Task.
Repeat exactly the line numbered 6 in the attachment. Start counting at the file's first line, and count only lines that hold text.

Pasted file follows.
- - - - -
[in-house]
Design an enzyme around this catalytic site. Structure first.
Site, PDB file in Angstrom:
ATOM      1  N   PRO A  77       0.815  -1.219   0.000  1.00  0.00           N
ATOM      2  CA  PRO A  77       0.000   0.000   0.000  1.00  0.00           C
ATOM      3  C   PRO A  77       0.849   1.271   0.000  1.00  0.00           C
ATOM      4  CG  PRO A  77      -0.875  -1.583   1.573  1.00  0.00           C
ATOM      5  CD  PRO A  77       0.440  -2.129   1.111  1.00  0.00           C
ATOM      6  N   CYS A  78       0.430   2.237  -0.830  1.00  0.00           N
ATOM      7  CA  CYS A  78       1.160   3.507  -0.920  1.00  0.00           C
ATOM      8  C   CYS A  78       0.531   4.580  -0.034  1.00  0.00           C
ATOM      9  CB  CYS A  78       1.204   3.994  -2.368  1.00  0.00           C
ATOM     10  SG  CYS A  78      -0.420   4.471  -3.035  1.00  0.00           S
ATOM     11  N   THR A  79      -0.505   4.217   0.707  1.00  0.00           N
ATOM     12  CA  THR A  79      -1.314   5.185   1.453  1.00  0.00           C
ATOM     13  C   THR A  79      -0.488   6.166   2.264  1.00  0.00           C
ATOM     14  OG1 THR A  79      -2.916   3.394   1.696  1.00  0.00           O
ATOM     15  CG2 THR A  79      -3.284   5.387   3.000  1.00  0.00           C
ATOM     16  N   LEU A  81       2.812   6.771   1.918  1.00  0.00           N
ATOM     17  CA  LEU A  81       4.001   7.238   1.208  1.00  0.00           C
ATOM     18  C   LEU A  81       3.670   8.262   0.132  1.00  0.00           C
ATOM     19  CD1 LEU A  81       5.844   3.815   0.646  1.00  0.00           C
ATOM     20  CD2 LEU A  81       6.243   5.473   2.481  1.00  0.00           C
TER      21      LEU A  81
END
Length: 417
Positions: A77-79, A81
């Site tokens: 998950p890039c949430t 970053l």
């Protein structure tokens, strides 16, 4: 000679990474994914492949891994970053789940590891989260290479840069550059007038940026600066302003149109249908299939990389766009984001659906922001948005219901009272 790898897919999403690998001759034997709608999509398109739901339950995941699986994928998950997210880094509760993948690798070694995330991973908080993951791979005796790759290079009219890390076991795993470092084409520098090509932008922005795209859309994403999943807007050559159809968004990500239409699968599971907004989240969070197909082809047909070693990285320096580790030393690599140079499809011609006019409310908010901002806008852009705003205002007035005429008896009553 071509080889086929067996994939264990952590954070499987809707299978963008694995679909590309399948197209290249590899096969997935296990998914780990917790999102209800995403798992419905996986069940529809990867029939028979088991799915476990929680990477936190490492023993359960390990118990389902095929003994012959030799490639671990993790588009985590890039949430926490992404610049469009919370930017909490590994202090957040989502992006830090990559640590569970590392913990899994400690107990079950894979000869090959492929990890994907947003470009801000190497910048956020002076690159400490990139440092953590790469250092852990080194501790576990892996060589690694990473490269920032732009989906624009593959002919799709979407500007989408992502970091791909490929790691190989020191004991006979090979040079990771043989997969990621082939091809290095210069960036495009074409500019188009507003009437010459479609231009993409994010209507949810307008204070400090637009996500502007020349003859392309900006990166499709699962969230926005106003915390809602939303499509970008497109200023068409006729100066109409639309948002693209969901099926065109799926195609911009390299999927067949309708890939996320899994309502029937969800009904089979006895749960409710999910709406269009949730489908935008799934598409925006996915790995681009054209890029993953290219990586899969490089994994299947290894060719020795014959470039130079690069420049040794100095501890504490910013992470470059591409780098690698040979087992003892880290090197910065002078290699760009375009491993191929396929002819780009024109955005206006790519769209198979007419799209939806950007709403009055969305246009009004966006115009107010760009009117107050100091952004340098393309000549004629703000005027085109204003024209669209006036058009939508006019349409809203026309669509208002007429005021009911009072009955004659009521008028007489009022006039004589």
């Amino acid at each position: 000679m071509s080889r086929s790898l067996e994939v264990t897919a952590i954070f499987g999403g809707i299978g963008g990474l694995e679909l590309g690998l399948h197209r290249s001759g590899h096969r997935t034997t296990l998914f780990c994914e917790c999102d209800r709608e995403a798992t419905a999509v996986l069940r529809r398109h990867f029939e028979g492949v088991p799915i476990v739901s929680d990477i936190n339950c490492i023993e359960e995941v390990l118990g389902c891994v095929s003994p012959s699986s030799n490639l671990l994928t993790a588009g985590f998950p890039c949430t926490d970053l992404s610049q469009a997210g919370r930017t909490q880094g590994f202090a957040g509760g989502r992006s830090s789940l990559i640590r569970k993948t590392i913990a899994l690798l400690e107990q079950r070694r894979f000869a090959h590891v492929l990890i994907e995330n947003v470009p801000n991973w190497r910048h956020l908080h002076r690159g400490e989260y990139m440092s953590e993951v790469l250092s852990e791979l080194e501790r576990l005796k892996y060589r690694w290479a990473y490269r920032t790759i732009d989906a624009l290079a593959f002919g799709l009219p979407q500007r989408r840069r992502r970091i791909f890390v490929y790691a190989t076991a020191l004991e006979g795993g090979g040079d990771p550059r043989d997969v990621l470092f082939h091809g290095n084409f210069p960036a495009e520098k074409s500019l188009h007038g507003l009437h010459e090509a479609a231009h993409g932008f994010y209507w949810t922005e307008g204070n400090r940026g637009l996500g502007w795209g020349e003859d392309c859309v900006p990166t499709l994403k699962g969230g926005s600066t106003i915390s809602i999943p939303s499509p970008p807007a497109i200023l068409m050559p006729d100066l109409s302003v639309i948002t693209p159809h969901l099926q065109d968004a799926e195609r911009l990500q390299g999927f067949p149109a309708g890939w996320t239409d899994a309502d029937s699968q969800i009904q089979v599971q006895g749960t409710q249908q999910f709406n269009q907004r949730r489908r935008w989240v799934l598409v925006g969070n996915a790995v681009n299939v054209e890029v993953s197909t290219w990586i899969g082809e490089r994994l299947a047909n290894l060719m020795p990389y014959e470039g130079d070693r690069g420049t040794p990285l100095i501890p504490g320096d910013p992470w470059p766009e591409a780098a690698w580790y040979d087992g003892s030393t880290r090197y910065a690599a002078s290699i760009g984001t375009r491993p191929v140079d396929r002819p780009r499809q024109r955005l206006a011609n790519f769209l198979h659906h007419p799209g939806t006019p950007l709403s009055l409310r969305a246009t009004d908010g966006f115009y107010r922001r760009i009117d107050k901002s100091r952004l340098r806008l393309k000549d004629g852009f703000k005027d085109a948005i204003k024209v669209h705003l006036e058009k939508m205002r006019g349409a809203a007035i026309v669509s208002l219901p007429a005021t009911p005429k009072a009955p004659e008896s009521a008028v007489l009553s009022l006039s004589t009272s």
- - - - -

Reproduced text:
ATOM      3  C   PRO A  77       0.849   1.271   0.000  1.00  0.00           C